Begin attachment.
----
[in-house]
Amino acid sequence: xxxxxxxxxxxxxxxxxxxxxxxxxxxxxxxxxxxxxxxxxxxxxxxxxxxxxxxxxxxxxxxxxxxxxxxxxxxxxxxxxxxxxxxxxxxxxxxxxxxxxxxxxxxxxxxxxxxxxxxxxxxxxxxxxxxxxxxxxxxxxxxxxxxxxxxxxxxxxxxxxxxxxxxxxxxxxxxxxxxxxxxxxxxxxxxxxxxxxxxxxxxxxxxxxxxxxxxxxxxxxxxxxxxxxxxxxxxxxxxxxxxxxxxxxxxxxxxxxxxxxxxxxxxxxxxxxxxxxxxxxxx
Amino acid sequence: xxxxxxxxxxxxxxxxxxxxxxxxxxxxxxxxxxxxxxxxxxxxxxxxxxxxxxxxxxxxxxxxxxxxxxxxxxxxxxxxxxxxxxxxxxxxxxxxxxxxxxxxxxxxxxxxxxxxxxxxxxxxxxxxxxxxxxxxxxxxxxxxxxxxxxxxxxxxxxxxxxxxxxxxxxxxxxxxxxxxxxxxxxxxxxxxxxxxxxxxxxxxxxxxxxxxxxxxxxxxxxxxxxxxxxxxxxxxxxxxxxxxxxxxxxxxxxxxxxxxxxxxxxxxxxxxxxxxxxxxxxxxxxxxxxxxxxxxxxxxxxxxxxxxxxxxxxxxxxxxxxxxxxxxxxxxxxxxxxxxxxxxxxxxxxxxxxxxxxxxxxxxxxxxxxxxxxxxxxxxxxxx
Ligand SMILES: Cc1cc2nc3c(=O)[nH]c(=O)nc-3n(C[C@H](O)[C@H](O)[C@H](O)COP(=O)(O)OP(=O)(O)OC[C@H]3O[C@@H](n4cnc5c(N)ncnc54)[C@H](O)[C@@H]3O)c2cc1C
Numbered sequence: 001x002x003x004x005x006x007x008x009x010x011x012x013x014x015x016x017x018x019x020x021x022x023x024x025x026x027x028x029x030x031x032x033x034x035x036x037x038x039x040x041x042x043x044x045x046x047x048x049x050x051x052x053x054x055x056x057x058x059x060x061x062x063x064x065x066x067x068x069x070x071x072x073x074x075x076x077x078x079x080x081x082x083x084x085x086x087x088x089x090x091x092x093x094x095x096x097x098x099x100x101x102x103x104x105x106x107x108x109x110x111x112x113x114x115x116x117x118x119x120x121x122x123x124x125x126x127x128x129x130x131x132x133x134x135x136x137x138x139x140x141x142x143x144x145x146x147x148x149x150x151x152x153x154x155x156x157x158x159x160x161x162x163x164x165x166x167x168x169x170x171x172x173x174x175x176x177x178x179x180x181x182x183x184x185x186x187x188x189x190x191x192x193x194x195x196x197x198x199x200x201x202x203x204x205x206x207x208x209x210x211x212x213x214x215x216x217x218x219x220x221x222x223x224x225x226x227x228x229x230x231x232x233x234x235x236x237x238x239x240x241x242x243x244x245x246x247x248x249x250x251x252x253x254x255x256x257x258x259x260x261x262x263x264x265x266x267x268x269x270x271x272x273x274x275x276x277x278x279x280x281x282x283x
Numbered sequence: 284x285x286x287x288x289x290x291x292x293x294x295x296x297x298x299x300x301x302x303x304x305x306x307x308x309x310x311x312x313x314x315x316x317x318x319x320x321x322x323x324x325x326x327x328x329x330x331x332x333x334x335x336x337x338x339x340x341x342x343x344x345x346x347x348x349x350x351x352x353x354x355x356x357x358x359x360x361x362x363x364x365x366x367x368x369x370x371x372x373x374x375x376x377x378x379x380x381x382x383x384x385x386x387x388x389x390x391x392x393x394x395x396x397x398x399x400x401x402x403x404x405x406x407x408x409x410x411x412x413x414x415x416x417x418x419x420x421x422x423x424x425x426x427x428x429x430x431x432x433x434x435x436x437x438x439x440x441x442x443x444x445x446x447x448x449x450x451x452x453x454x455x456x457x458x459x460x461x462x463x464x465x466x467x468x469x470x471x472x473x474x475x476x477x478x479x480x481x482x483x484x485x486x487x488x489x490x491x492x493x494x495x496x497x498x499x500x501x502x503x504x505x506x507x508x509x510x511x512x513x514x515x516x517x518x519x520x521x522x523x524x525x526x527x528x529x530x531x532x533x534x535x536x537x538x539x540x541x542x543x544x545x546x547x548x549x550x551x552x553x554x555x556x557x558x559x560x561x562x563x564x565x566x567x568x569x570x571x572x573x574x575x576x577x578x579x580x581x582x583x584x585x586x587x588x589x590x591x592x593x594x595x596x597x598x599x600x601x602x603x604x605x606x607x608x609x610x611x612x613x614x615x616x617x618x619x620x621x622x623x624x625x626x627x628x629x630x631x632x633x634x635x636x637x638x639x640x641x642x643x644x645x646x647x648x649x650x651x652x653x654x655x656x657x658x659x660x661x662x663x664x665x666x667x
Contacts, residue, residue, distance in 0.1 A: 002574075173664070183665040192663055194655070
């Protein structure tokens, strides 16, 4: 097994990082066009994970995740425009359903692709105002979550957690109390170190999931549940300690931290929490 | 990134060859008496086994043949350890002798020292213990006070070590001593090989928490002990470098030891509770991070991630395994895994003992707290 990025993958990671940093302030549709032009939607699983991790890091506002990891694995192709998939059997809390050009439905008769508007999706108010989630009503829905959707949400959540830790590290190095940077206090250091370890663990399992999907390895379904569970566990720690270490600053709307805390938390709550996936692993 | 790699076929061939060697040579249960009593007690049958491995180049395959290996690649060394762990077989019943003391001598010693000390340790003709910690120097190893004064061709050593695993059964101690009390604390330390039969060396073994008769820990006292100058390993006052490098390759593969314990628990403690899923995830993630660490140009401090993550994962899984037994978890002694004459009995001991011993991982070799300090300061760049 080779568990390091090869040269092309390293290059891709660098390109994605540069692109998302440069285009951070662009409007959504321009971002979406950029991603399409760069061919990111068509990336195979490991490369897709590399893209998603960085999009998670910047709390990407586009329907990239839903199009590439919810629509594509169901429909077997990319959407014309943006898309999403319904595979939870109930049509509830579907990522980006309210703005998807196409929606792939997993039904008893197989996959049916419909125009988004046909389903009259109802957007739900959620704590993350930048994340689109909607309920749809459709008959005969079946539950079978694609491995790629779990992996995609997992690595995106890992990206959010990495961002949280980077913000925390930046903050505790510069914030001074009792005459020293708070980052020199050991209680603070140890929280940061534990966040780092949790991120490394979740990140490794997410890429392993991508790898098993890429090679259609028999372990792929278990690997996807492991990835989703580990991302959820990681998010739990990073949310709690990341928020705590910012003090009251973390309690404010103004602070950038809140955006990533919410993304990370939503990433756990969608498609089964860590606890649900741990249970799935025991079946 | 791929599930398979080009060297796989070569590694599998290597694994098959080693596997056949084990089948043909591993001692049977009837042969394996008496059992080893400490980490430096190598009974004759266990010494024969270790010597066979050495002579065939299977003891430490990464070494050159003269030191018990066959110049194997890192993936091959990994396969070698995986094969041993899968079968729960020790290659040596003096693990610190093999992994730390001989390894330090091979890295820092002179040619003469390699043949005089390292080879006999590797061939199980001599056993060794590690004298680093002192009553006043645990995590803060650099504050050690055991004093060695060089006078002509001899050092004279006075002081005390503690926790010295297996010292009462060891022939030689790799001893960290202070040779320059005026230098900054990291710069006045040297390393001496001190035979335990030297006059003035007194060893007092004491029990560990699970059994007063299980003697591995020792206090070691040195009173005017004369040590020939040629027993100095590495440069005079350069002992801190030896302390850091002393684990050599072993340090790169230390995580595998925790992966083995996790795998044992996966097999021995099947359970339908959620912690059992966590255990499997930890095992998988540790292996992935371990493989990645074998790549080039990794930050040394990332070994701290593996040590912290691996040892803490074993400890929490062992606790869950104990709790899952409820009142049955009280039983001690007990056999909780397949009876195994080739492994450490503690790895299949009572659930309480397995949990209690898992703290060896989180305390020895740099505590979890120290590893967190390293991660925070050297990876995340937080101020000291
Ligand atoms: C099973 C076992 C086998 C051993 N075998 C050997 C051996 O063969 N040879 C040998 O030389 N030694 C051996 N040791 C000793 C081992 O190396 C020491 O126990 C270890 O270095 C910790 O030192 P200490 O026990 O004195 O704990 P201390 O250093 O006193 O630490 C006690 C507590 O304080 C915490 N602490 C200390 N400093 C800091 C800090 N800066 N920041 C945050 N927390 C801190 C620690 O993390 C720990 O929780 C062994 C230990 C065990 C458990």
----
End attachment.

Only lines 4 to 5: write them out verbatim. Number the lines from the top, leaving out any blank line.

Ligand SMILES: Cc1cc2nc3c(=O)[nH]c(=O)nc-3n(C[C@H](O)[C@H](O)[C@H](O)COP(=O)(O)OP(=O)(O)OC[C@H]3O[C@@H](n4cnc5c(N)ncnc54)[C@H](O)[C@@H]3O)c2cc1C
Numbered sequence: 001x002x003x004x005x006x007x008x009x010x011x012x013x014x015x016x017x018x019x020x021x022x023x024x025x026x027x028x029x030x031x032x033x034x035x036x037x038x039x040x041x042x043x044x045x046x047x048x049x050x051x052x053x054x055x056x057x058x059x060x061x062x063x064x065x066x067x068x069x070x071x072x073x074x075x076x077x078x079x080x081x082x083x084x085x086x087x088x089x090x091x092x093x094x095x096x097x098x099x100x101x102x103x104x105x106x107x108x109x110x111x112x113x114x115x116x117x118x119x120x121x122x123x124x125x126x127x128x129x130x131x132x133x134x135x136x137x138x139x140x141x142x143x144x145x146x147x148x149x150x151x152x153x154x155x156x157x158x159x160x161x162x163x164x165x166x167x168x169x170x171x172x173x174x175x176x177x178x179x180x181x182x183x184x185x186x187x188x189x190x191x192x193x194x195x196x197x198x199x200x201x202x203x204x205x206x207x208x209x210x211x212x213x214x215x216x217x218x219x220x221x222x223x224x225x226x227x228x229x230x231x232x233x234x235x236x237x238x239x240x241x242x243x244x245x246x247x248x249x250x251x252x253x254x255x256x257x258x259x260x261x262x263x264x265x266x267x268x269x270x271x272x273x274x275x276x277x278x279x280x281x282x283x